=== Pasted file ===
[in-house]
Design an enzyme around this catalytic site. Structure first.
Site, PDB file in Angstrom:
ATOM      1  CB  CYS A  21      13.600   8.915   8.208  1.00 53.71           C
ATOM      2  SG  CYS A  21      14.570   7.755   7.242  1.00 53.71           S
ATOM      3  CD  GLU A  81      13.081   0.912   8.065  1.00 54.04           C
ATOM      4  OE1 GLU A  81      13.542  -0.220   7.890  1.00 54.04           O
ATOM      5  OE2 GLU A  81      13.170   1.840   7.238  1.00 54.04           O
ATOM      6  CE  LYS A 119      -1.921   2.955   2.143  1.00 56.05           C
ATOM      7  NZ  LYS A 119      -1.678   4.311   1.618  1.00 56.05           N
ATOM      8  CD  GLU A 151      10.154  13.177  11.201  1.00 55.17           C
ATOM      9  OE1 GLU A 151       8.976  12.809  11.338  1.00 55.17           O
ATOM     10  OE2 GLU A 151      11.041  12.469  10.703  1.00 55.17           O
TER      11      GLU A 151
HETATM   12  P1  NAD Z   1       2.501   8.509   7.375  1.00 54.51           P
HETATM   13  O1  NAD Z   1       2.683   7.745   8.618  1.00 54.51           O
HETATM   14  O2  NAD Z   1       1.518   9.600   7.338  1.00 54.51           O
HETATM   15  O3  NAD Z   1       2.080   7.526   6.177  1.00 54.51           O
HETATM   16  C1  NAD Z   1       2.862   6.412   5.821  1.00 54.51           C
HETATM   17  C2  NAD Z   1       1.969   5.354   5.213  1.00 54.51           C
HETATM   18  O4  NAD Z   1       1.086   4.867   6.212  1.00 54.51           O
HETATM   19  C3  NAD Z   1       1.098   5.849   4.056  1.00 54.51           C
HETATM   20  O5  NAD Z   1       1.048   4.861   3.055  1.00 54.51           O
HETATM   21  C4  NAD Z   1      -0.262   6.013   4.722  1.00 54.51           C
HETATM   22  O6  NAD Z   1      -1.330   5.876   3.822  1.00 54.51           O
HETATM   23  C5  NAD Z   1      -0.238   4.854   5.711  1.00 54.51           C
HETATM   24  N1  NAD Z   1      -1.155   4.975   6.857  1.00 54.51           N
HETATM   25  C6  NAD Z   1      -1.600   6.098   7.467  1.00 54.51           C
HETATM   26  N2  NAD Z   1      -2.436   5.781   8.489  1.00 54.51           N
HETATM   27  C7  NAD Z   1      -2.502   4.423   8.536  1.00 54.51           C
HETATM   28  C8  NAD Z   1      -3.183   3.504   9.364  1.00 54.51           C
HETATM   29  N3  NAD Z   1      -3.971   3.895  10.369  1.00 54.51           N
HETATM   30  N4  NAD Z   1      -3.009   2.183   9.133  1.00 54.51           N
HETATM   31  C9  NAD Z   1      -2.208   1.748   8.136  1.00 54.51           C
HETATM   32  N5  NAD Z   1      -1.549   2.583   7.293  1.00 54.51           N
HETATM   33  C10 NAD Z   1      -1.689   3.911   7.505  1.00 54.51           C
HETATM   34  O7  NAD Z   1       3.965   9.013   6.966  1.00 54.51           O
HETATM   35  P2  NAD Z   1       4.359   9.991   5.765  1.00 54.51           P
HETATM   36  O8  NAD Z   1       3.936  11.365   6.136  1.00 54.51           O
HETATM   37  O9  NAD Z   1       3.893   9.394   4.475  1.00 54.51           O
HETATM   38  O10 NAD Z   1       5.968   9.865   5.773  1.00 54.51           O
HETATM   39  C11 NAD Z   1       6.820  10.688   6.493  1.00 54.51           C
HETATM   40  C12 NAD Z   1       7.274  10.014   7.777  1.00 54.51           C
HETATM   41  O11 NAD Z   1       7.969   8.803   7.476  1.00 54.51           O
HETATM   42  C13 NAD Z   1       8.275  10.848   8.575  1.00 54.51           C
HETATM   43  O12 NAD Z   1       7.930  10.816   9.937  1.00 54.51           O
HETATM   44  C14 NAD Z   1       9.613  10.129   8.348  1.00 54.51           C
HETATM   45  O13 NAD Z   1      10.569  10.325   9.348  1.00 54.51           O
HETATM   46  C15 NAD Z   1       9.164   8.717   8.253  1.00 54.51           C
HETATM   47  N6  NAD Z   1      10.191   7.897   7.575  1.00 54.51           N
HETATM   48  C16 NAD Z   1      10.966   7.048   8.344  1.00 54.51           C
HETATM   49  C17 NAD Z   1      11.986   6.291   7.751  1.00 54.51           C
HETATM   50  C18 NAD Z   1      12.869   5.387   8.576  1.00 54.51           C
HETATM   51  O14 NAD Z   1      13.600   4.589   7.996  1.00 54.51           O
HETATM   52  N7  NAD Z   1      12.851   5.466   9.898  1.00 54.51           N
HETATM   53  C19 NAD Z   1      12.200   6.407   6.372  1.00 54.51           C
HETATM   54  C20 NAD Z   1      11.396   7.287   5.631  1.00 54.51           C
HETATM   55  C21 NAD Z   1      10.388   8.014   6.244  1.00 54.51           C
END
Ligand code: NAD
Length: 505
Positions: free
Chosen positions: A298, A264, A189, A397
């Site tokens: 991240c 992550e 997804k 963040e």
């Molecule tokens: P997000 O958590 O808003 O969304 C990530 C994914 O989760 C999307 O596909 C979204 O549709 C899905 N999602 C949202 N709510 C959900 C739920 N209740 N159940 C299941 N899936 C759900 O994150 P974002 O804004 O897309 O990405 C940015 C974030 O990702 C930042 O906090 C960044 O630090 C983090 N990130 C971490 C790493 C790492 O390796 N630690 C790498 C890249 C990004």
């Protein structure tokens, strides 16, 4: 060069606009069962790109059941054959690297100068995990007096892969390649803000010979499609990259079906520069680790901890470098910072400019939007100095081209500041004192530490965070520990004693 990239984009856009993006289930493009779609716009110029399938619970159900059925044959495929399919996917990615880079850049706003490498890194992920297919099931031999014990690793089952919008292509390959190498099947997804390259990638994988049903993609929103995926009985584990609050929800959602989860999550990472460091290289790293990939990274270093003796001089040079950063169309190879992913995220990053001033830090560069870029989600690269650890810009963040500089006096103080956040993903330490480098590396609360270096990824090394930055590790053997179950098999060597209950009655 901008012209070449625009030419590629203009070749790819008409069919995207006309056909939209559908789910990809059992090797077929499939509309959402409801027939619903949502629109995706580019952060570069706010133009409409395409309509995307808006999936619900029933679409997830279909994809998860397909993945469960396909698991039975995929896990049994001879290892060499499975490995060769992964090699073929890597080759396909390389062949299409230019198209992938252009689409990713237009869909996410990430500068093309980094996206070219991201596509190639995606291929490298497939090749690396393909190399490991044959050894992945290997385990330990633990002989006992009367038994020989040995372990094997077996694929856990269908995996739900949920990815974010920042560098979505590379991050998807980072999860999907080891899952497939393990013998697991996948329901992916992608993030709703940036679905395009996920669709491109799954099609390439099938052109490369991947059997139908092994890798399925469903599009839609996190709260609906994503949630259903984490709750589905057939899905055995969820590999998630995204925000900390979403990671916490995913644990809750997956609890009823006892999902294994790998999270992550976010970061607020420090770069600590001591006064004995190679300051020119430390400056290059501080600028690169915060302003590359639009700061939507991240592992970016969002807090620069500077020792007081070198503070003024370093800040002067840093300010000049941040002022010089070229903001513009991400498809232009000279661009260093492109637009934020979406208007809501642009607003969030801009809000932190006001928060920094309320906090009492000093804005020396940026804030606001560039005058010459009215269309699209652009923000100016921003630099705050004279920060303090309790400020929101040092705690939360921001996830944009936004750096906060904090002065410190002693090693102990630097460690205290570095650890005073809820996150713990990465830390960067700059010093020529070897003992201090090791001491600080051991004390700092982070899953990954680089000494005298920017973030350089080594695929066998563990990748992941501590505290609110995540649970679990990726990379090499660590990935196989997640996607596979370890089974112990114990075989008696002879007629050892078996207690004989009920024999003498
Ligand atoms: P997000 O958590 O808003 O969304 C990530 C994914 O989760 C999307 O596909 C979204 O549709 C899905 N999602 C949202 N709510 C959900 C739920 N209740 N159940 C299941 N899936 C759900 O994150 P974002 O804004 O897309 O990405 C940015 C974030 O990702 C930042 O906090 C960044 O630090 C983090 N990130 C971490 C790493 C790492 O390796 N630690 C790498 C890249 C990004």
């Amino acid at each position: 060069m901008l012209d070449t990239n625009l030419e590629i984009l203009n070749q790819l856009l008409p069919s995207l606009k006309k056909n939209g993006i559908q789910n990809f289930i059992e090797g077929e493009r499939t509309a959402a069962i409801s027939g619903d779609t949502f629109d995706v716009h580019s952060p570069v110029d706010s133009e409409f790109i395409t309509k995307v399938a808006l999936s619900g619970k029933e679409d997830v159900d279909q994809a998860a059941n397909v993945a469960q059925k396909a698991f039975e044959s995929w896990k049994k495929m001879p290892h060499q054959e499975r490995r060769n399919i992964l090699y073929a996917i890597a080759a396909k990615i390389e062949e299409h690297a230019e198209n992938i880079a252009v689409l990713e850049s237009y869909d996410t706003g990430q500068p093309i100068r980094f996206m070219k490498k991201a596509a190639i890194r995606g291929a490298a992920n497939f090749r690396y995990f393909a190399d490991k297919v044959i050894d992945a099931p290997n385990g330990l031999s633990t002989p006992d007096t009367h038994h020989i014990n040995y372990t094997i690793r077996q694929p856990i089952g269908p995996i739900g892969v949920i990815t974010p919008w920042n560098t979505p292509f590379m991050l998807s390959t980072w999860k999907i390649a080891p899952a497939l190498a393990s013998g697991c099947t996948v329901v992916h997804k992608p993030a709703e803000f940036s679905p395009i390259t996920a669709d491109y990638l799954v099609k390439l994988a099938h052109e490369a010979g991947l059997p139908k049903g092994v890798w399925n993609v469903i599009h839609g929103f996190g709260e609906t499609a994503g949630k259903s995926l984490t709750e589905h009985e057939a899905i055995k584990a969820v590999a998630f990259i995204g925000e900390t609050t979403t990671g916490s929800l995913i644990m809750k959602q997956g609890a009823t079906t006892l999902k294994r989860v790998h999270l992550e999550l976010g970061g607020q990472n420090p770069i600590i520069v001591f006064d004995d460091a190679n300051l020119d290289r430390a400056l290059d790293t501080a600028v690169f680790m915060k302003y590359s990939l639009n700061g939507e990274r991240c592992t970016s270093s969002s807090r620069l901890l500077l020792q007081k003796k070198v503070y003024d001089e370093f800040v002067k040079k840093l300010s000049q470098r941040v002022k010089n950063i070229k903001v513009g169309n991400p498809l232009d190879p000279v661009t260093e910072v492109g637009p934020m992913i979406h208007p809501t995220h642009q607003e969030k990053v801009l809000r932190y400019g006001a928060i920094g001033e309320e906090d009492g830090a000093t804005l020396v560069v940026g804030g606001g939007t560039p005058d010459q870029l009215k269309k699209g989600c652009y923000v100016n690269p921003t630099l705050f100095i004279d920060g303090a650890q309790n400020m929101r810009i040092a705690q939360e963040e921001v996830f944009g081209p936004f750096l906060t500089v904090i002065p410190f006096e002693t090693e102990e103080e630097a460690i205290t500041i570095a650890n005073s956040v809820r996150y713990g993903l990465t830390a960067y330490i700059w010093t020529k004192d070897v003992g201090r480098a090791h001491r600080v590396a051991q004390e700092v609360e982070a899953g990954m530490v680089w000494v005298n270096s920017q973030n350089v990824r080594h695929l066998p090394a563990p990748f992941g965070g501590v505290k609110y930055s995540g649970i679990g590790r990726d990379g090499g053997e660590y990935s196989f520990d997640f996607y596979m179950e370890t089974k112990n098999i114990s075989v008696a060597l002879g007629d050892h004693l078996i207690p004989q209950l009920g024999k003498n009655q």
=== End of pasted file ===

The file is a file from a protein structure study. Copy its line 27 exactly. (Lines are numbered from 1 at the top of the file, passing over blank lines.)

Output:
HETATM   24  N1  NAD Z   1      -1.155   4.975   6.857  1.00 54.51           N